Title: Moral Compass
Author: Danielle Steel
Published: January 14th 2020
Publisher: Pan Macmillan
Genres: Fiction, Contemporary
Rating: 3 stars
Saint Ambrose Prep has been the school of choice for the sons of the great and the good for over a hundred years. Now, for the first time, Saint Ambrose has just enrolled its first female students. While many of the kids on the campus have all the privilege in the world, some are struggling dealing with family, insecurity and loneliness. In such a heightened environment, even the smallest spark can become a raging fire.
The day after a Halloween party, a student lies in the hospital, seriously injured and with a dangerous level of alcohol in her blood. Only the handful of students who were there when she was attacked know what happened, and they have closed ranks. As parents, students, staff and the media attempt to establish the truth, no-one at Saint Ambrose will escape the fallout.
As the drama unfolds, those involved will reach a crossroads where they must choose between truth and lies, between what is easy and what is right, coming to rely on their own moral compass.
Moral Compass is a highly topical, thought-provoking story from the world’s favourite storyteller, Danielle Steel.
‘By the time the ambulance got to the hospital, all six boys were in a deep, drunken sleep, and Vivienne was still unconscious. And this was only the beginning. Their Halloween had changed all of their lives forever.’
Danielle Steel delves into the world of elite private schools, entitlement, teen drinking and rape in her latest production. Moral Compass is a dramatic story that spotlights entitlement, change, risk, recklessness, choice, blame, justice and redemption. Danielle Steel has her finger on the pulse in this timely novel.
In heart of Massachusetts sits an elite private school that has recently seen a big change. While this prestigious school was once only open to male students, it has decided to be more embracing and it has opened its doors to female students. While the students learn to contend with a mixed sex education, they also deal with the pressures of status, entitlement, pressure to perform, family problems and loneliness. There are strict rules to follow at Saint Ambrose Prep, with little opportunity to experiment with drink, drugs, or sex. However, a fateful Halloween party provides a one off opportunity for a group of students to rebel and let their hair down. One drink turns into another and they invite one of the new female students to join the party. The small party gets out of control very quickly, and it leads to the hospitalisation of one from this group. Keen to protect themselves and their reputation, the party group keeps their lips sealed as to what happened that night. This incident has far reaching effects. It impacts the victim, the staff of Saint Ambrose, the students, parents, police, investigators and eventually the judge who has to preside over their final fate. The Saint Ambrose case throws up lies, truth, blame, moral questions and justice. It is problematic from start, for all involved. Can the truth be attained and a sense of what is right for the victims, as well as the perpetrators?
In the world of #metoo and the airing of such cases as the Central Park Five, Danielle Steel has approached her latest novel with timely relevance. The scenario she presents, of a teenage girl from an elite school left with severe alcohol poisoning who is raped, is a compelling case. I would even issue a trigger warning for this one. It is an upsetting incident, where a young woman is clearly taken advantage of in an opportune situation. What angered me most and also left me with a sense of sorrow was that no one wanted to take the blame, or show any sense of moral responsibility. The poor victim is left for dead, as the group does not want to get into trouble. Steel draws in the bystander effect with this case, which angered me.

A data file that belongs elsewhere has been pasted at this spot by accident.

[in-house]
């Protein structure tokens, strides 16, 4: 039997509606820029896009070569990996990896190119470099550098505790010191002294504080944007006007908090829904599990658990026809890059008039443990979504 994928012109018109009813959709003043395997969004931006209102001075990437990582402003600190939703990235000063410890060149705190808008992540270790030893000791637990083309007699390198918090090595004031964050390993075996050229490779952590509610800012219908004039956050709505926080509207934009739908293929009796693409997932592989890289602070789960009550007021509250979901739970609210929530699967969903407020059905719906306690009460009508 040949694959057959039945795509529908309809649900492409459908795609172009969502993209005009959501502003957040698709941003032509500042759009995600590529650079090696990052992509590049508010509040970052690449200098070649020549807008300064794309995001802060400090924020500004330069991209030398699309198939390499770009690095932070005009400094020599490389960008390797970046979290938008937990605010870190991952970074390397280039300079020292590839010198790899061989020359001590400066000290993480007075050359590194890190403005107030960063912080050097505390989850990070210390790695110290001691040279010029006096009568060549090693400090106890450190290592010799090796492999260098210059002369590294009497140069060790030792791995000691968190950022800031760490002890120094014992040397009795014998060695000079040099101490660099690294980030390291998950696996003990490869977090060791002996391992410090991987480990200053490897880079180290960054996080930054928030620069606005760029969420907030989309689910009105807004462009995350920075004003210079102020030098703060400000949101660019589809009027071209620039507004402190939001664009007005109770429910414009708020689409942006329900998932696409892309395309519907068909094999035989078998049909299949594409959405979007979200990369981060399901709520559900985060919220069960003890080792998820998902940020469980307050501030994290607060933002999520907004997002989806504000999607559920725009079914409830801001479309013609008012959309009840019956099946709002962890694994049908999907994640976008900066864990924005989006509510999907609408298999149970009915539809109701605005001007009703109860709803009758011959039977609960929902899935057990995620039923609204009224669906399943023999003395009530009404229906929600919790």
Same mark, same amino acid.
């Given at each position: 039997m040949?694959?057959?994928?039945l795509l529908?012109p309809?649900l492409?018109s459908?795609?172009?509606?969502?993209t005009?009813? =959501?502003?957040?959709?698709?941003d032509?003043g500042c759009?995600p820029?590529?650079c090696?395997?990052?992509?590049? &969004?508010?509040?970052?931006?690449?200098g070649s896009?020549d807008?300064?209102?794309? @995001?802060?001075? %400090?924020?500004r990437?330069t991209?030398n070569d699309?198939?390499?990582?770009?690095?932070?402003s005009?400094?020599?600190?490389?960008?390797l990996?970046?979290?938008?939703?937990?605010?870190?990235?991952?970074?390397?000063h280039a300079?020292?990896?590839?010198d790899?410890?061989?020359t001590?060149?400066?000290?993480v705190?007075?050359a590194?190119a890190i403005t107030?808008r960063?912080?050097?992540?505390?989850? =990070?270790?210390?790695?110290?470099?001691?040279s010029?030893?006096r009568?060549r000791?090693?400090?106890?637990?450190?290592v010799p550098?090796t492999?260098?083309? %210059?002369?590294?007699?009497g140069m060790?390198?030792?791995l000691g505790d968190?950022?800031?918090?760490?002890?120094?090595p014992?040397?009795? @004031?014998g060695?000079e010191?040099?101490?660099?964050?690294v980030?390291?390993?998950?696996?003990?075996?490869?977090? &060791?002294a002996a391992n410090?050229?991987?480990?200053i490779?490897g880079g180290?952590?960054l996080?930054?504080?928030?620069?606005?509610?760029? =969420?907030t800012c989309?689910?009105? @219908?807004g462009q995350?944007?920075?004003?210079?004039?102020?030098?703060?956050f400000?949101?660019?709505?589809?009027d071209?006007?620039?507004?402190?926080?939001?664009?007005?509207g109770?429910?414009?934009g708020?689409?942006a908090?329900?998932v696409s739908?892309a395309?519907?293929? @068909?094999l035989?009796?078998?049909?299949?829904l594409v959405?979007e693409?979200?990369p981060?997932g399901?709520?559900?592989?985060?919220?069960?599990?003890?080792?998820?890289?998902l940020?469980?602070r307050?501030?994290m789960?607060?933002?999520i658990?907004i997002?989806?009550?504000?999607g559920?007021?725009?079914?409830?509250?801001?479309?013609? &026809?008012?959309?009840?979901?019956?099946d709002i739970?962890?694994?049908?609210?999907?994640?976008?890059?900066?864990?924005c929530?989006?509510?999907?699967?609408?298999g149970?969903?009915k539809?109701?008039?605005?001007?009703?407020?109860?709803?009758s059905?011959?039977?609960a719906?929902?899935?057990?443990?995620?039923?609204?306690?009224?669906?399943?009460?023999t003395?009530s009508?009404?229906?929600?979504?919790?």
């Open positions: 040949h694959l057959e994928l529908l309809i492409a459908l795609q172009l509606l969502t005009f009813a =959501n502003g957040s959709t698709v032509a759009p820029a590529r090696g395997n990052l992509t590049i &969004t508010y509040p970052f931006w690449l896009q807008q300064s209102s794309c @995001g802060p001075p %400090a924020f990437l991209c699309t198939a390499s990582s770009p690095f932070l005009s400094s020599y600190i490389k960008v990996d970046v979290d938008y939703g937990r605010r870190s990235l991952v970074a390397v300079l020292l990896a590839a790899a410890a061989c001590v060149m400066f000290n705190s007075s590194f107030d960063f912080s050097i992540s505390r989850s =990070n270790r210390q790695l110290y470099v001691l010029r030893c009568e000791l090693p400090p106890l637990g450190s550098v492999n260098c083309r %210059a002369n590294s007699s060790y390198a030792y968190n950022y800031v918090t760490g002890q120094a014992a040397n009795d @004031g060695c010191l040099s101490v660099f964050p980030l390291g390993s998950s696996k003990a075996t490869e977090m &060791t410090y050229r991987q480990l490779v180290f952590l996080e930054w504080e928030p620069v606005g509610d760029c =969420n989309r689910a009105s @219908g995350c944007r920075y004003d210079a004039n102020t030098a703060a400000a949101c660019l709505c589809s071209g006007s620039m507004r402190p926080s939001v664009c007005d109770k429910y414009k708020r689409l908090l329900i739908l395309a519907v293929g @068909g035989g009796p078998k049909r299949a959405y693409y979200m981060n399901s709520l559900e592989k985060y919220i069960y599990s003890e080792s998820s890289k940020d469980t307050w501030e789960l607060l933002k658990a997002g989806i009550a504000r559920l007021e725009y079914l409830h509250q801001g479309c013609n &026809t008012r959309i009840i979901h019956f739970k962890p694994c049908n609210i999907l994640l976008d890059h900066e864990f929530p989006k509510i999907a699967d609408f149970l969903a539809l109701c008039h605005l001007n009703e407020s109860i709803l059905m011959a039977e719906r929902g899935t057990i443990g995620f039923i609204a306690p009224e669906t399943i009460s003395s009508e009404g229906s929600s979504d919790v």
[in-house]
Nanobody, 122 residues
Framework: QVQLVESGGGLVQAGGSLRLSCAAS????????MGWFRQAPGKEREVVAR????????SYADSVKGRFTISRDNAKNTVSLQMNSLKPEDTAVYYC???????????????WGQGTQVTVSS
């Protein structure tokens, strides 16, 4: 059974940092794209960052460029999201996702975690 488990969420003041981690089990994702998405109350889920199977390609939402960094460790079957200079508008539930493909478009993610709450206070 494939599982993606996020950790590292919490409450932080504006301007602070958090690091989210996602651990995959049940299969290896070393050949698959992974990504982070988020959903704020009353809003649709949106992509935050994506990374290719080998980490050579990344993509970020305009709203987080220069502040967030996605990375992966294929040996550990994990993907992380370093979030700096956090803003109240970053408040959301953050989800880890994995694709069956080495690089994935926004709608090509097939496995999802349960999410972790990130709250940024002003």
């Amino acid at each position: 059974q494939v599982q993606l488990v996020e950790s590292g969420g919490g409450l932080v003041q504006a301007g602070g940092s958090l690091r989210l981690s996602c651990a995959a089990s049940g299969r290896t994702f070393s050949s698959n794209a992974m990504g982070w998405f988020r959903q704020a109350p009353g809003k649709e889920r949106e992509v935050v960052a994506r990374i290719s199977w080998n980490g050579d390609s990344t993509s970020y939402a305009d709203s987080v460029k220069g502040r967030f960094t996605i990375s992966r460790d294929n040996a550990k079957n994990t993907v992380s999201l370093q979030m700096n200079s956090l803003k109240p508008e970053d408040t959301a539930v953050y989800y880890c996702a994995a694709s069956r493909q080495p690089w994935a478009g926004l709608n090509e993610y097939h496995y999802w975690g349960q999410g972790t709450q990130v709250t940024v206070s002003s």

With a setting based in a private elite school, it throws another layer to the story. The students have a host of issues to contend with, before the incident occurs. The pressure to perform, loneliness, expectation and privilege all circulate. When the parents become involved, this saddened and sickened me even more. Rather than care for the victim, they were concerned with protecting their child, family name and future. Buying their way out of this case became another issue to contend with, which enabled me to see why Steel labelled this novel ‘moral compass’. There are many questions of mortality and humanity to consider in this complex case.
As I have come to realise with Danielle Steel novels of late, the bones of this novel are there to make it a truly compelling read. However, the lack of depth and exploration of the characters (there are a fair few) made this book a substantial, but not a stellar read for me. There are plenty of interesting facts pertaining to the legalities of this case, which Steel seems to spill out, rather than intricately explore further in her novel. The dialogue could have been extended, along with the story threads, especially in regards to the reactions and feelings of the perpetrator and victim of the crime, it seems brushed over unfortunately.
The case unravels in a closed and believable fashion, all within just under three hundred pages flat. This is generally the formula we come to expect with a Danielle Steel book. Moral Compass is a novel that will make you consider your thoughts on morality, ethics, virtue, justice and restitution. Moral Compass is an issued based story, that will draw in contemporary fiction fans.
Moral Compass was published on 14th January 2020 by Pan Macmillan. Details on how to purchase the book can be found here.
To learn more about the author of Moral Compass, Danielle Steel, visit here.
*Thanks extended to Pan Macmillan for providing a free copy of this book for review purposes.